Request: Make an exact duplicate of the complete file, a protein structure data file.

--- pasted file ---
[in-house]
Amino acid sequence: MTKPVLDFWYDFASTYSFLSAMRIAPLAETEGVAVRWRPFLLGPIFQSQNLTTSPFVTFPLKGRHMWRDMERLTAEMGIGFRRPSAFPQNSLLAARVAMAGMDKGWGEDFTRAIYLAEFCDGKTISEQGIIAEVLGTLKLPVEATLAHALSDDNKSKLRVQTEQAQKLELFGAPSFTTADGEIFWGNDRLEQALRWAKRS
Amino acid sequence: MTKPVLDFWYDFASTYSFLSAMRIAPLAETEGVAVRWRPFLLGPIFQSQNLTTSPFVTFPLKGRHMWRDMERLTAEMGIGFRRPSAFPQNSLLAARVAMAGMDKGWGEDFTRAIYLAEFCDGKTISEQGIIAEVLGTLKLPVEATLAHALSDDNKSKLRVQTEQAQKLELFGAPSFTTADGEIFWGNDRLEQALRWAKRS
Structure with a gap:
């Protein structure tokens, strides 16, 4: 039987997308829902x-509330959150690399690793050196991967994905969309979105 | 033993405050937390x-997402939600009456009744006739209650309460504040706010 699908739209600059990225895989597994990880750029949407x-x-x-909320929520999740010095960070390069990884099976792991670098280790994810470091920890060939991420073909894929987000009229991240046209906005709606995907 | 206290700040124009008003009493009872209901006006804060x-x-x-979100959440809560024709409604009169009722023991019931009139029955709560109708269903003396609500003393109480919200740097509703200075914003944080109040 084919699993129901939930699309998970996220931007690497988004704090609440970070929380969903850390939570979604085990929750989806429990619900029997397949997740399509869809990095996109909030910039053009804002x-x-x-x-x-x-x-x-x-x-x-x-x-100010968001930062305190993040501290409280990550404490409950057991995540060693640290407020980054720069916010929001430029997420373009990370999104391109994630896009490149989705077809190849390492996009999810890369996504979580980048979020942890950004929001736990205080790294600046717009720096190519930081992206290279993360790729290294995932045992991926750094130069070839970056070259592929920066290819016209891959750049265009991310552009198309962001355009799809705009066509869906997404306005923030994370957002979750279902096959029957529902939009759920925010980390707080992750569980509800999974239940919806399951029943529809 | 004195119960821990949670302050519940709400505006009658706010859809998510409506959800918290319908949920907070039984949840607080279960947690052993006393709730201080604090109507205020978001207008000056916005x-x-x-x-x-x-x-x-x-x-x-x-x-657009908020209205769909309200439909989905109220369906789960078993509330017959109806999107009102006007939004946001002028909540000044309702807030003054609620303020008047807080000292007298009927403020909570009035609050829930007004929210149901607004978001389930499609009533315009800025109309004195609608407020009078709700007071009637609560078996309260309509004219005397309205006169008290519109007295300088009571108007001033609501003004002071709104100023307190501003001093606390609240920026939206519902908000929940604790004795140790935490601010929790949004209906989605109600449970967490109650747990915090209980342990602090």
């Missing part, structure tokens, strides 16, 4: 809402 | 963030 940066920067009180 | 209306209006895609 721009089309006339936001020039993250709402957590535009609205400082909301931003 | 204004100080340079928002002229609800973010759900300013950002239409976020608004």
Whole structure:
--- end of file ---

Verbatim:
[in-house]
Amino acid sequence: MTKPVLDFWYDFASTYSFLSAMRIAPLAETEGVAVRWRPFLLGPIFQSQNLTTSPFVTFPLKGRHMWRDMERLTAEMGIGFRRPSAFPQNSLLAARVAMAGMDKGWGEDFTRAIYLAEFCDGKTISEQGIIAEVLGTLKLPVEATLAHALSDDNKSKLRVQTEQAQKLELFGAPSFTTADGEIFWGNDRLEQALRWAKRS
Amino acid sequence: MTKPVLDFWYDFASTYSFLSAMRIAPLAETEGVAVRWRPFLLGPIFQSQNLTTSPFVTFPLKGRHMWRDMERLTAEMGIGFRRPSAFPQNSLLAARVAMAGMDKGWGEDFTRAIYLAEFCDGKTISEQGIIAEVLGTLKLPVEATLAHALSDDNKSKLRVQTEQAQKLELFGAPSFTTADGEIFWGNDRLEQALRWAKRS
Structure with a gap:
């Protein structure tokens, strides 16, 4: 039987997308829902x-509330959150690399690793050196991967994905969309979105 | 033993405050937390x-997402939600009456009744006739209650309460504040706010 699908739209600059990225895989597994990880750029949407x-x-x-909320929520999740010095960070390069990884099976792991670098280790994810470091920890060939991420073909894929987000009229991240046209906005709606995907 | 206290700040124009008003009493009872209901006006804060x-x-x-979100959440809560024709409604009169009722023991019931009139029955709560109708269903003396609500003393109480919200740097509703200075914003944080109040 084919699993129901939930699309998970996220931007690497988004704090609440970070929380969903850390939570979604085990929750989806429990619900029997397949997740399509869809990095996109909030910039053009804002x-x-x-x-x-x-x-x-x-x-x-x-x-100010968001930062305190993040501290409280990550404490409950057991995540060693640290407020980054720069916010929001430029997420373009990370999104391109994630896009490149989705077809190849390492996009999810890369996504979580980048979020942890950004929001736990205080790294600046717009720096190519930081992206290279993360790729290294995932045992991926750094130069070839970056070259592929920066290819016209891959750049265009991310552009198309962001355009799809705009066509869906997404306005923030994370957002979750279902096959029957529902939009759920925010980390707080992750569980509800999974239940919806399951029943529809 | 004195119960821990949670302050519940709400505006009658706010859809998510409506959800918290319908949920907070039984949840607080279960947690052993006393709730201080604090109507205020978001207008000056916005x-x-x-x-x-x-x-x-x-x-x-x-x-657009908020209205769909309200439909989905109220369906789960078993509330017959109806999107009102006007939004946001002028909540000044309702807030003054609620303020008047807080000292007298009927403020909570009035609050829930007004929210149901607004978001389930499609009533315009800025109309004195609608407020009078709700007071009637609560078996309260309509004219005397309205006169008290519109007295300088009571108007001033609501003004002071709104100023307190501003001093606390609240920026939206519902908000929940604790004795140790935490601010929790949004209906989605109600449970967490109650747990915090209980342990602090």
């Missing part, structure tokens, strides 16, 4: 809402 | 963030 940066920067009180 | 209306209006895609 721009089309006339936001020039993250709402957590535009609205400082909301931003 | 204004100080340079928002002229609800973010759900300013950002239409976020608004």
Whole structure: